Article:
I notice that everyone seems to use there own way to indent html code. For example: joelonsoftware.com seems to only indent tables, while most pages on microsoft.com seem to indent every nested tag.
I usually indent anything within a container tag, so it's easier to make out the hierarchy of the code. There's no particular reason I do it this way, I suppose, it just feels better to me to edit it that way.
I have tidy do indentation, and after I muck it up editing, I run it again to fix my formatting 8-}
If I weren't so lazy I'd keep two versions of my HTML files: a fully-indented one for editing, and then an automatically-generated one with all non-critical whitespace stripped out for publishing...
All our HTML is programatically generated. Flip a switch for indents. ;)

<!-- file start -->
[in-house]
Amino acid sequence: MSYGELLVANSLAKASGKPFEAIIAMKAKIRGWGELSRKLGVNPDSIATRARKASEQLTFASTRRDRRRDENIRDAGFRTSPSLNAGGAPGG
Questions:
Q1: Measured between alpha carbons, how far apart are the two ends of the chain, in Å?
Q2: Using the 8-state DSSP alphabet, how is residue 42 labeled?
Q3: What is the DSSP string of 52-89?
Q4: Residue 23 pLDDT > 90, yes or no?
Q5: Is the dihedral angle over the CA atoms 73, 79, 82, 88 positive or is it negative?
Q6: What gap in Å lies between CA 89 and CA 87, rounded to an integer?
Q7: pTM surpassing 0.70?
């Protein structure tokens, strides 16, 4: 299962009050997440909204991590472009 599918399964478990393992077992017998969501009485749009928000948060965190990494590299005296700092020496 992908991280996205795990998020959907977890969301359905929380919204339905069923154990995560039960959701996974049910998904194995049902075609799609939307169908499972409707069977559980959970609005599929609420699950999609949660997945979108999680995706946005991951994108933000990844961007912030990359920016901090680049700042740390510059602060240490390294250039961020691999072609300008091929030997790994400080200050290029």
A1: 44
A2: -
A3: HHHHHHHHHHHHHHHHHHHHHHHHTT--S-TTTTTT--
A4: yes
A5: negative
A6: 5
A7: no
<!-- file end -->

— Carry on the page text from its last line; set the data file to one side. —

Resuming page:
Do you really think white space slows down the browser's experience at all?
re: stripping out white space making a difference.
It depends on how busy your servers are, whether bandwidth is a bottleneck for you, and how large the HTML is that you're generating. In my experience, a "well indented" HTML file is generally going to be 10-15% whitespace (not scientific, just my small testing experience). This can make a rather substantial difference on large HTML, or when you're paying for metered access.
Of course, if you use mod_gzip or similar, you really don't have to worry about that tiny boost in filesize from indenting. As for hiding code from people, I don't see the point. If it's on the web it can be stolen. If you don't like that, then don't publish it.
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